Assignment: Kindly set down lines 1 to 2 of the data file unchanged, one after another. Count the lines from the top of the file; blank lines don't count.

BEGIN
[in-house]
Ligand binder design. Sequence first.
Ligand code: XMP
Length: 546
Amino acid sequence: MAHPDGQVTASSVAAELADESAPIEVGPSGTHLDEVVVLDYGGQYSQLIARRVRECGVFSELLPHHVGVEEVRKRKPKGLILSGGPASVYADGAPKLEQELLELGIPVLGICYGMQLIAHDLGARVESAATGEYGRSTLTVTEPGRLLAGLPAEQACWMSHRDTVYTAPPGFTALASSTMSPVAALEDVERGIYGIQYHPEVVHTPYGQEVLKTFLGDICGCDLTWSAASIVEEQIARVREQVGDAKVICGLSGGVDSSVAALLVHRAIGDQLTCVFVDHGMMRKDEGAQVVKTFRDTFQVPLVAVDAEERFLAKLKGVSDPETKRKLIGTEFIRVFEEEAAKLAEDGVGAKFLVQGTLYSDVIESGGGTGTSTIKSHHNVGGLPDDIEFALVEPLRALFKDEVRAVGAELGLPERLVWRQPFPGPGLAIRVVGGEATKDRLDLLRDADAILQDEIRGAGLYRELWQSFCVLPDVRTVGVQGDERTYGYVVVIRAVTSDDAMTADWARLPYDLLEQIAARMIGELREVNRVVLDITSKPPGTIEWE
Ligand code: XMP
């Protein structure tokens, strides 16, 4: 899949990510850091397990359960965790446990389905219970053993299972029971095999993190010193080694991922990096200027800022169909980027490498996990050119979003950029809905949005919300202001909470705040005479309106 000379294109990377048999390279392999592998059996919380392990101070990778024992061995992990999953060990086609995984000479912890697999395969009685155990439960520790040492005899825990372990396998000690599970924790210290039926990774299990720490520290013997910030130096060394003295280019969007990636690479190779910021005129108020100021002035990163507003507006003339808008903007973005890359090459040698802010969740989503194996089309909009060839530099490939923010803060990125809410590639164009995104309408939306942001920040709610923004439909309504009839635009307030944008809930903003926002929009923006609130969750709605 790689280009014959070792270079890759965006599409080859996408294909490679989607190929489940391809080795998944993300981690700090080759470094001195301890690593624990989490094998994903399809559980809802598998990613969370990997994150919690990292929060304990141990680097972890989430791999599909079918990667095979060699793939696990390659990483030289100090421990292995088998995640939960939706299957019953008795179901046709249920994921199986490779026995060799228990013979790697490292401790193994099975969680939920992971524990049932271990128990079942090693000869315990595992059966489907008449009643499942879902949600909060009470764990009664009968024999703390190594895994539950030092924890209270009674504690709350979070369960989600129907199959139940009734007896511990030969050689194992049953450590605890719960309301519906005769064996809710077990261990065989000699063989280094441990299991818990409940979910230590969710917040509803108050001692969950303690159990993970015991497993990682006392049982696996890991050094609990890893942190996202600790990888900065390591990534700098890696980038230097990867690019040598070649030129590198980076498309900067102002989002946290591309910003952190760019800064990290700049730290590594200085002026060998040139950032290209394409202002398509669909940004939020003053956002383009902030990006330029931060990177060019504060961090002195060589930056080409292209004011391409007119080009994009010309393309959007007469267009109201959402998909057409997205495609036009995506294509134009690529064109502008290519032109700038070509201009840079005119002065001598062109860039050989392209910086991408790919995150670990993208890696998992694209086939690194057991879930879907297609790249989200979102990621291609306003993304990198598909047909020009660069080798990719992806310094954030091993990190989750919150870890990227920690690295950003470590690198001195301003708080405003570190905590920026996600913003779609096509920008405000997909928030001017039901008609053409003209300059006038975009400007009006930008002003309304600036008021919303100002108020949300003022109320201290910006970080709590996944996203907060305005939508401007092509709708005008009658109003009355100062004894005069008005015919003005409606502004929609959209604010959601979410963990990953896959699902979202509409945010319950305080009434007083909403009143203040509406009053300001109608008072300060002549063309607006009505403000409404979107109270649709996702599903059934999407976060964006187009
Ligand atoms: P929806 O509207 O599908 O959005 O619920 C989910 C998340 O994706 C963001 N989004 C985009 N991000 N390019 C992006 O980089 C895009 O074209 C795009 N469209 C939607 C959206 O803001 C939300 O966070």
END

[in-house]
Ligand binder design. Sequence first.